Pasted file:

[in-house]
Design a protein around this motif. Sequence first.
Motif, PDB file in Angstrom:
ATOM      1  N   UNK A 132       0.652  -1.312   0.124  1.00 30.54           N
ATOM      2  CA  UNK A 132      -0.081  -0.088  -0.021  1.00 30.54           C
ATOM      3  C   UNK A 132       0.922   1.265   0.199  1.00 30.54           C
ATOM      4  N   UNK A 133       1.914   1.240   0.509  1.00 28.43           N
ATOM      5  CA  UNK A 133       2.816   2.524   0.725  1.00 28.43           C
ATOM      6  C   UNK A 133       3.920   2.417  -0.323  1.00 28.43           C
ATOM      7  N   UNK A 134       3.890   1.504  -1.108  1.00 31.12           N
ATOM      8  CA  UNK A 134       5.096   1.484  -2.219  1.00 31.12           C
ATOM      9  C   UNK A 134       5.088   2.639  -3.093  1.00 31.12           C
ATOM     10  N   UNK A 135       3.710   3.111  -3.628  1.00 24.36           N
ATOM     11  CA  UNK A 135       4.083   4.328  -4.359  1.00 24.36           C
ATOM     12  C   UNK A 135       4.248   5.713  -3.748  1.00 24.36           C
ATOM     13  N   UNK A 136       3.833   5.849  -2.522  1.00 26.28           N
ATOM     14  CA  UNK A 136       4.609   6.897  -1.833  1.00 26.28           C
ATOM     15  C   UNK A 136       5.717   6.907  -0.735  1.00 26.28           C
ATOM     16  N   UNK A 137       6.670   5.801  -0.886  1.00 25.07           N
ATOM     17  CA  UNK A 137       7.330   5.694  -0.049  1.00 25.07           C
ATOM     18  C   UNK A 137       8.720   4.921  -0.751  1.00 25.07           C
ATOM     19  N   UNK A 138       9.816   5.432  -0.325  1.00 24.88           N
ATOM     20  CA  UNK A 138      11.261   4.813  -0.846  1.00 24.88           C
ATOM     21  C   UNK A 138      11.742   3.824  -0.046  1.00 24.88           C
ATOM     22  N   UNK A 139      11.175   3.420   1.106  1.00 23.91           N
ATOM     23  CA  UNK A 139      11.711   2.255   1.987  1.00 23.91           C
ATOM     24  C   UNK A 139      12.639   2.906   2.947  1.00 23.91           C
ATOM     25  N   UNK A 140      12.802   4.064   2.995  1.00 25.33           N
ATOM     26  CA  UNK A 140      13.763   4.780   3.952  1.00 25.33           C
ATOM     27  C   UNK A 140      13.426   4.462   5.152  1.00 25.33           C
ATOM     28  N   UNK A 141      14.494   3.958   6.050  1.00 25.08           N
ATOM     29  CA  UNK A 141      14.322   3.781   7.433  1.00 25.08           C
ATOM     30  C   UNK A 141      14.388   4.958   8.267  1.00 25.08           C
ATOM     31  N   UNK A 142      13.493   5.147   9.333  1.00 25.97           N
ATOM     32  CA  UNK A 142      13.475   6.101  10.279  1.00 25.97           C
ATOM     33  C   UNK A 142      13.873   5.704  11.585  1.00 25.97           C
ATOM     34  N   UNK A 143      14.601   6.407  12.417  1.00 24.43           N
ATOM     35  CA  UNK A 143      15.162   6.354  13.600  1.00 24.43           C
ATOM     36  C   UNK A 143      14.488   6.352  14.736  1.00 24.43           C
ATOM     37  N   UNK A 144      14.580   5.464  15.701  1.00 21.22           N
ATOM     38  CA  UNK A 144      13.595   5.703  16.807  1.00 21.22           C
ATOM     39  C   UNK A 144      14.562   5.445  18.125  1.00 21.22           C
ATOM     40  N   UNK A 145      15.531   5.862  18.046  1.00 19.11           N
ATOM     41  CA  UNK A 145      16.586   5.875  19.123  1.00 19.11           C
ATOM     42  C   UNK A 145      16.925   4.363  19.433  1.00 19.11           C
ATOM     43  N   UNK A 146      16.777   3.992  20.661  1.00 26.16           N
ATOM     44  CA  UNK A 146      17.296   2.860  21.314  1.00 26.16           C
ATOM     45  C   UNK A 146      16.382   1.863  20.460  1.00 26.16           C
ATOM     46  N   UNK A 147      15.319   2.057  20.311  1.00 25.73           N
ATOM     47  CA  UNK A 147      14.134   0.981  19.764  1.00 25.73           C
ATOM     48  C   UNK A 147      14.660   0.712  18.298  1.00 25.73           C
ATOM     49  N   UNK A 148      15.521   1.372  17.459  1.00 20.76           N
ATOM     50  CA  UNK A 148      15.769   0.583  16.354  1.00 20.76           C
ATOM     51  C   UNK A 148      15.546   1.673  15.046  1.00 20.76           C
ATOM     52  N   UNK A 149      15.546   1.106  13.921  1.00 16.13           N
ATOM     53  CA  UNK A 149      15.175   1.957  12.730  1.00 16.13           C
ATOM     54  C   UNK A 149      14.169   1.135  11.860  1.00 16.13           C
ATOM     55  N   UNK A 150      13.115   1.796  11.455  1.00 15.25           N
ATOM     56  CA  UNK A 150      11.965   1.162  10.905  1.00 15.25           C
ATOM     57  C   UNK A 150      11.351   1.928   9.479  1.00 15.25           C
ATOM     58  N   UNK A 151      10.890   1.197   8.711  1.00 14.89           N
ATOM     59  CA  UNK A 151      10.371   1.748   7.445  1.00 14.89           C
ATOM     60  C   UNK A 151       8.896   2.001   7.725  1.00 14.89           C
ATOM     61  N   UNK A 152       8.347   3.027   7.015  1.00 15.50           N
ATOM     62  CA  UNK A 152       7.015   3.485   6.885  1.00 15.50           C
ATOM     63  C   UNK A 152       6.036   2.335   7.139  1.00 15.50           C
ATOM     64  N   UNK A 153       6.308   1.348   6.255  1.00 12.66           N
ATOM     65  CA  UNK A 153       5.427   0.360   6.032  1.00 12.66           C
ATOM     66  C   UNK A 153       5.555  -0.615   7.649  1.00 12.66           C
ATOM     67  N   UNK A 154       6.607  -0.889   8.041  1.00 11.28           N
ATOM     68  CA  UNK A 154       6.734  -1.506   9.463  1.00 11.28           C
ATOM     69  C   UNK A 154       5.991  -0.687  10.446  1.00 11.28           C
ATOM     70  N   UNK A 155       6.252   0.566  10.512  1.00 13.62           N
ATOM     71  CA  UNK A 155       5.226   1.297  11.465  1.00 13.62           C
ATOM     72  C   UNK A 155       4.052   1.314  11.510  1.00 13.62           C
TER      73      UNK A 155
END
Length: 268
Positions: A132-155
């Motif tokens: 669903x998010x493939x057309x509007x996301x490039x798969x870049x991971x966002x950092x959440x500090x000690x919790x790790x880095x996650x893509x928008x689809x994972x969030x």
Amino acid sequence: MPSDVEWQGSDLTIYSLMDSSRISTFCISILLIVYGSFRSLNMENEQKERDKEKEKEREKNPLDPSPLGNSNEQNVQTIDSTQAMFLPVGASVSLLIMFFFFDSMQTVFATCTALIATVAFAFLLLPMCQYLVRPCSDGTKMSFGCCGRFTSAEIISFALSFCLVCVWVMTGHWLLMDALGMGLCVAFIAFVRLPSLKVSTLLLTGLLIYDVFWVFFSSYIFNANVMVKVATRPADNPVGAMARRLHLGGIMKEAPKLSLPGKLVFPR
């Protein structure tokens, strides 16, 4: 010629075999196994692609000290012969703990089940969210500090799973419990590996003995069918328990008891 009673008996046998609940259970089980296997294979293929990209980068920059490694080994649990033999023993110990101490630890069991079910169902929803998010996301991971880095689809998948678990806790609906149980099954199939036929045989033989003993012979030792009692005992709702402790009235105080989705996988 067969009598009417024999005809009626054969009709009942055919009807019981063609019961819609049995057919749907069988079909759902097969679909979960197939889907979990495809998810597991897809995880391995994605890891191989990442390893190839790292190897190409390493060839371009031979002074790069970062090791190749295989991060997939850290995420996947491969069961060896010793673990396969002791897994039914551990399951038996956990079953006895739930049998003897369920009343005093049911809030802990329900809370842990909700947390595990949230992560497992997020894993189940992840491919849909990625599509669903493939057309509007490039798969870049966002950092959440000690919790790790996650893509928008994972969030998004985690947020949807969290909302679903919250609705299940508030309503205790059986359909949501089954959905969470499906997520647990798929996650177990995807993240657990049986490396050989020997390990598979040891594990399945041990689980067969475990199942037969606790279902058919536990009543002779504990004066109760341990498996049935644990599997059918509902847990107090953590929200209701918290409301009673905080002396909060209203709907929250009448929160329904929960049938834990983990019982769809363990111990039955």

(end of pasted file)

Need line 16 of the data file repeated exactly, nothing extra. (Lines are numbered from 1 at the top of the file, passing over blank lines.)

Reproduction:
ATOM     13  N   UNK A 136       3.833   5.849  -2.522  1.00 26.28           N